298 – “The Song of the Dragons” – Xintalan

What is “Nobility”?

“Ok, there they go!” Xintalan heard Telix call out to her from the foggy clouds below her. She closed her eyes in exasperation. He doesn’t have to shout. I’m not flying that far away and his voice carries. She went into a glide then tipped her wings to drop herself down out of the cloud cover.

Not that it mattered how loud he shouted anyway. They were quite a lengthy distance from the flight of dragons down below. They probably wouldn’t have heard Telix’s voice no matter how loud he had screeched. He just, well, irritated her.

“There they are, right below us!” He pointed with one of his claws. 

“Yes,” she hissed. “I can see them.” There were about a dozen of them flying together in a strict V-formation. They varied in size and color, but it was hard to make out the distinction with the trees of the Umbrawood Forest sweeping away beneath them. In addition, they were below the shadow of twilight that the distant horizon cast across the landscape, and that darkness, along with the clouds, made it a bit more difficult to see specifics.

Despite this, she did see the bright white uniforms of the high elven riders mounted on each one. She and Telix had trailed them as they flew north, toward their home in the Emberfire Mountains, returning from ground flame sorties over the wood elves in the Umbrawood Forest. Her irritation turned to fully burning anger at the thought of her noble brothers and sisters being ridden by flaming two-legs as if they were horses in a cavalry brigade. We are NOT livestock to be ridden and driven! 

Yes, she knew that the attacks on the forest cities had been a part of His Majesty Kirraxal’s plan. She knew that Lord Chancellor Tonklyn had played the high elves into making the attacks. She also knew that it was time to have the dragons rise up against their riders.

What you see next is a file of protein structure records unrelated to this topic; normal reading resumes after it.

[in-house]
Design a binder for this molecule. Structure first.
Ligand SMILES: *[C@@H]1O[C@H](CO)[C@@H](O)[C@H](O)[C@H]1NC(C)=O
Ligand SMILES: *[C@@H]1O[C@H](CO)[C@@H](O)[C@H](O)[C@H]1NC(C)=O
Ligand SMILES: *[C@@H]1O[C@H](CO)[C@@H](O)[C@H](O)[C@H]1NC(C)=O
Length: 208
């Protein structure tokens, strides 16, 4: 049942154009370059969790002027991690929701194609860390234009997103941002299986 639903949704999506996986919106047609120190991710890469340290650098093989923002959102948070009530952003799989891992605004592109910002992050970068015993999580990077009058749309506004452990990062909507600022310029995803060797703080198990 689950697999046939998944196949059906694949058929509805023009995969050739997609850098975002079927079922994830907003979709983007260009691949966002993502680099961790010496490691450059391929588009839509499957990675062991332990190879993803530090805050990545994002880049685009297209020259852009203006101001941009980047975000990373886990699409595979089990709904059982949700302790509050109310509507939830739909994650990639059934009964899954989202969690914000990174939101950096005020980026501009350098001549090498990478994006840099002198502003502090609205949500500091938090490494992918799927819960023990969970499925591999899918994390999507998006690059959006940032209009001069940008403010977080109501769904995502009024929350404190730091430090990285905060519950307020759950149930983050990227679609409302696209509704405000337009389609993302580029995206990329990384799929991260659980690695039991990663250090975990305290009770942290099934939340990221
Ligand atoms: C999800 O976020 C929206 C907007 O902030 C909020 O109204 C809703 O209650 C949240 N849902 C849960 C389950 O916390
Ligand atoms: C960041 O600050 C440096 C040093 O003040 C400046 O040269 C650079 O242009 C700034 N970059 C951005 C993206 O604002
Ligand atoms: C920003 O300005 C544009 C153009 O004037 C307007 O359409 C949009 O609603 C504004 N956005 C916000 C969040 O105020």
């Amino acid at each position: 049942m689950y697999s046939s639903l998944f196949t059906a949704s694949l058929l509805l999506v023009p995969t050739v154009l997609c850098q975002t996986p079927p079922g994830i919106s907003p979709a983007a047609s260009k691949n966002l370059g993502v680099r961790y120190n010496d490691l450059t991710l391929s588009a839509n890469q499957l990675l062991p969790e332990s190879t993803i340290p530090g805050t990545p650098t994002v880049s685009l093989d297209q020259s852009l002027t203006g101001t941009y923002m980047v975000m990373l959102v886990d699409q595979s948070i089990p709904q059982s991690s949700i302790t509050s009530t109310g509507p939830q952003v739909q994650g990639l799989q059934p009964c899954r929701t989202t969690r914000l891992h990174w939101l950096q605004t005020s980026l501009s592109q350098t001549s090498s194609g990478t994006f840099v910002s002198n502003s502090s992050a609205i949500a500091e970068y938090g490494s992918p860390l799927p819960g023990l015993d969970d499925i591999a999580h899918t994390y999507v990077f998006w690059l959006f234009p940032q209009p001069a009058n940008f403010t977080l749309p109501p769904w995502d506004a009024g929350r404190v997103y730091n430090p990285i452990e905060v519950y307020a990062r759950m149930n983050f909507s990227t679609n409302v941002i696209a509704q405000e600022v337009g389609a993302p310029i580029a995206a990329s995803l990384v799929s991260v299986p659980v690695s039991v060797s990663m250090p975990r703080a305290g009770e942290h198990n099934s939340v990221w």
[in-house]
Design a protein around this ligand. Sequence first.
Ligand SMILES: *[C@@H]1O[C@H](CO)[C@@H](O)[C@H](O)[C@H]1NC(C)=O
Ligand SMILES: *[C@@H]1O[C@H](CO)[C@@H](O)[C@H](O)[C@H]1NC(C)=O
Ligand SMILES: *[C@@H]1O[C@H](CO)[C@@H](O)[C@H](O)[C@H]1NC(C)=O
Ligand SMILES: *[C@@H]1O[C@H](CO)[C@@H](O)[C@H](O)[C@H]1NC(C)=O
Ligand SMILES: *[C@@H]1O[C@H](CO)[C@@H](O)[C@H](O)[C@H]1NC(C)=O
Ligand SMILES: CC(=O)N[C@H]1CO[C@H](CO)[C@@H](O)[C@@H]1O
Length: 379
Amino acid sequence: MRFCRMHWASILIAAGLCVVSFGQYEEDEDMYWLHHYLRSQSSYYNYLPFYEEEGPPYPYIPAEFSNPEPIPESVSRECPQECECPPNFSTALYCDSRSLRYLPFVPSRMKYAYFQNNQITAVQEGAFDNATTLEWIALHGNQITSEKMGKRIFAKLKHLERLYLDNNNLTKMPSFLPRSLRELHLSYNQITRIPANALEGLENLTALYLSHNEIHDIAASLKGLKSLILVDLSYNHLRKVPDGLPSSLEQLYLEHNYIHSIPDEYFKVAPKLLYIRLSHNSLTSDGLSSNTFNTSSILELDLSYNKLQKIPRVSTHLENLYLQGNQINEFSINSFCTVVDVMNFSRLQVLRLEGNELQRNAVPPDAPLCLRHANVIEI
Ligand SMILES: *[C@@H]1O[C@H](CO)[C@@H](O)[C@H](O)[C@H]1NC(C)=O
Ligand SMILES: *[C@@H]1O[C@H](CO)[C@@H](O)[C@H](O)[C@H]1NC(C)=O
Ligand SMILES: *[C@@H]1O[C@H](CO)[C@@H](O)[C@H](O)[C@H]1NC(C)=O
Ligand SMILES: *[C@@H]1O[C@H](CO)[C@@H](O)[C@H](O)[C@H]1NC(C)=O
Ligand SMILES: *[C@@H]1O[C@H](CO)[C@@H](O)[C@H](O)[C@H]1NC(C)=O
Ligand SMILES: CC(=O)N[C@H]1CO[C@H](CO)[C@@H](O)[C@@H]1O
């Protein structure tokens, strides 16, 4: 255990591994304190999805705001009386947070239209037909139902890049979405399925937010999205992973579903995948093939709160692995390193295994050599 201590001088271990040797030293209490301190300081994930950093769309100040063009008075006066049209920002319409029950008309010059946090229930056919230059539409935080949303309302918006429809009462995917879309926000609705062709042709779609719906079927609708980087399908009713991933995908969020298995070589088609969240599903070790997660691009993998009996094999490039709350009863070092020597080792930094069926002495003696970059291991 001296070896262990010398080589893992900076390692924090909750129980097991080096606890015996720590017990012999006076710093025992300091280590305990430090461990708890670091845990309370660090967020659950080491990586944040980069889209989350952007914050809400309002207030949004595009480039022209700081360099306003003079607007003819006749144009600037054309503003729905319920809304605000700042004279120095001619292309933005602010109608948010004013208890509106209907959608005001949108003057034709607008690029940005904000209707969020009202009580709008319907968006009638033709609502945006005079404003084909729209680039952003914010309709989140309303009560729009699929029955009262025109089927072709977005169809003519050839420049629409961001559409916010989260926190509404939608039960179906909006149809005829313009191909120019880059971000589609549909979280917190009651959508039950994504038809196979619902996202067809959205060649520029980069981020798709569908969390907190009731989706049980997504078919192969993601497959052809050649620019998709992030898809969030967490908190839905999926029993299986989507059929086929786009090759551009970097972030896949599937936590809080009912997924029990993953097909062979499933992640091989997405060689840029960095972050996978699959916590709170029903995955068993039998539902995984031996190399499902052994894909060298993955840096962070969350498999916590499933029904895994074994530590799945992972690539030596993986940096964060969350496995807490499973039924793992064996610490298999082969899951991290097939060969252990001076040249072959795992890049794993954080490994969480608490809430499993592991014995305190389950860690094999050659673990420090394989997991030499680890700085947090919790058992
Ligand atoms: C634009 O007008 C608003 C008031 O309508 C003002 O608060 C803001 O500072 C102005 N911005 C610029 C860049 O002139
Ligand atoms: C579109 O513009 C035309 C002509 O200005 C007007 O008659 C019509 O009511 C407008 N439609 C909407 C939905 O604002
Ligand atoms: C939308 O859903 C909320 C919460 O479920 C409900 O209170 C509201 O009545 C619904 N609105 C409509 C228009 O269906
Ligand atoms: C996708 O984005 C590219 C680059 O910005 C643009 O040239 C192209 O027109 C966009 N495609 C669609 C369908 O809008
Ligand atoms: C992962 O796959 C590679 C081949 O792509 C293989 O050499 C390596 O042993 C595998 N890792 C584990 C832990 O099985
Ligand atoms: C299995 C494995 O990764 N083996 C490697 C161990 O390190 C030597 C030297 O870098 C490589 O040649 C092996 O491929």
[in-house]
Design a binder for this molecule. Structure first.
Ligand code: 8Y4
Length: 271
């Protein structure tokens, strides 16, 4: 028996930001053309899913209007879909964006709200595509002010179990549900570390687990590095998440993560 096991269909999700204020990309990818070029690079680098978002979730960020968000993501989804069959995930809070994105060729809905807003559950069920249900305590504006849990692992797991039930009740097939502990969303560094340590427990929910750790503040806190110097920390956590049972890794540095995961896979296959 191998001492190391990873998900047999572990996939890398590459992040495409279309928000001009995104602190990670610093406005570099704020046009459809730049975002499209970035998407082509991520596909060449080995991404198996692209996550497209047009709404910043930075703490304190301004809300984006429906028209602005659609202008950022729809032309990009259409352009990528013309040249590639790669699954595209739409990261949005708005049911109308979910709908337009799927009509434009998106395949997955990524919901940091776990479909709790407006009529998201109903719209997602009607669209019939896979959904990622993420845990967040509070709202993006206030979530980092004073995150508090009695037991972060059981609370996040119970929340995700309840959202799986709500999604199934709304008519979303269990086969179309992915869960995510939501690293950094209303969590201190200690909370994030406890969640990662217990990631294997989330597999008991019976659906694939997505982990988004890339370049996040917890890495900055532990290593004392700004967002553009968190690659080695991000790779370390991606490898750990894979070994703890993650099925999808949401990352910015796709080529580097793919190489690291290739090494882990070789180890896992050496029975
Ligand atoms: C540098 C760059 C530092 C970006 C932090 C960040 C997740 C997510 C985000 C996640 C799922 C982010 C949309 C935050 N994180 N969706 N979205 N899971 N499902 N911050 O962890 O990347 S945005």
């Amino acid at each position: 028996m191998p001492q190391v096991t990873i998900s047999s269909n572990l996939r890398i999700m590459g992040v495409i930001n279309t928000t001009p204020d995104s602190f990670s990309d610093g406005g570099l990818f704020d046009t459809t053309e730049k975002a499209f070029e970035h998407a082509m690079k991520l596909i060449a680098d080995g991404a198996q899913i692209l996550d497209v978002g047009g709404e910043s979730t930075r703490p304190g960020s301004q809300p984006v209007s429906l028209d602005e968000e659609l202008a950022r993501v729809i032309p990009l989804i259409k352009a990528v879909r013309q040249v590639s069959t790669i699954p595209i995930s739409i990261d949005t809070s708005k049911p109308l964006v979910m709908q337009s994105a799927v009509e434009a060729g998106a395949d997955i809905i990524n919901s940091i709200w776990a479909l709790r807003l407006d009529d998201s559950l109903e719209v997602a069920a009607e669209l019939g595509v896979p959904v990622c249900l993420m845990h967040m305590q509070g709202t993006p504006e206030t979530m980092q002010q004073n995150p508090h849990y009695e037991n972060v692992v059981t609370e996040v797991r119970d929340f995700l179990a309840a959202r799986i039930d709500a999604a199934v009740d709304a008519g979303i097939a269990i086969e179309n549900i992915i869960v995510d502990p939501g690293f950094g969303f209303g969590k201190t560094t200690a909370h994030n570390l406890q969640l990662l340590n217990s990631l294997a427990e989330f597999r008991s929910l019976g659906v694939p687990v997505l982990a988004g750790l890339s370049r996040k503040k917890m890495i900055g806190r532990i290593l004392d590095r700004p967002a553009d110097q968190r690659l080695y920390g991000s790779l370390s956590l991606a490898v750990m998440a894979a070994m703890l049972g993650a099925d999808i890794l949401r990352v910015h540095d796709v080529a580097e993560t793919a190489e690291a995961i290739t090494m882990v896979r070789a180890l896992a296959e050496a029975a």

But still, to see dragons treated this way makes my guts boil!

“Xintalan?” Telix called out, “what are we doing?”

Xintalan looked at him, anger seething in her throat, and spat through her teeth, “We’re doing what we came here to do!”

She arched up and flipped over backward, folding her wings to throw herself into a rapid dive. Startled, Telix scrambled to follow her. 

The dimming twilight shifted into full night as she plunged under the line of the sun’s shadow on the horizon. She pulled out of her dive and leveled off behind the dragonriders’ formation. The momentum of the dive drove her speed through the air, her eyes narrowed against the wind. Not the wind. It’s rage in my eyes. And in my belly.

A shudder ran up her neck as her stomach shook. The wind rushed past her, roaring in her ears. The treetops rushed below her in a blur of darkness. Waves of nausea rushed upward and a long belch of heated smoke blew out over her tongue and out between her teeth. 

Her heart pounded with excitement as the trailing Dragonriders of the formation grew close. They’re not my target, but they’ll fall soon enough. 

She heard Telex calling out behind her, a bit distant and breathy like he was straining to keep up. She smiled as burning acid bubbled up in the back of her throat and she swallowed slightly to keep it down. This is going to be tricky. Timing will need to be precise.

She took a deep breath, struggling to keep the sulfuric bile from retching out of her. As she came between the last of the Dragonriders, she sang.

It was a low note, almost a growl, but she sang it as loud as she could. The dragons have to hear this. Where’s Telix? He’d better be singing.

She coughed up a small ball of bile and the moment the open air blowing past her mouth touched it, it erupted into flame. She had to cough for a moment and spit it out. She immediately went back to the deep, low drone of the song. As she sped past the dragons in their formation, their heads turned in surprise. Shouts from the elven riders sounded loud, and some called out to their flight leader. Others grabbed their long hooks and tried to pull the dragons’ heads back straight. 

Xintalan smiled, looked forward again, and was surprised to see the tail of the lead dragon right in front of her. The rider was shouting in anger and veering his dragon into a dive to the right.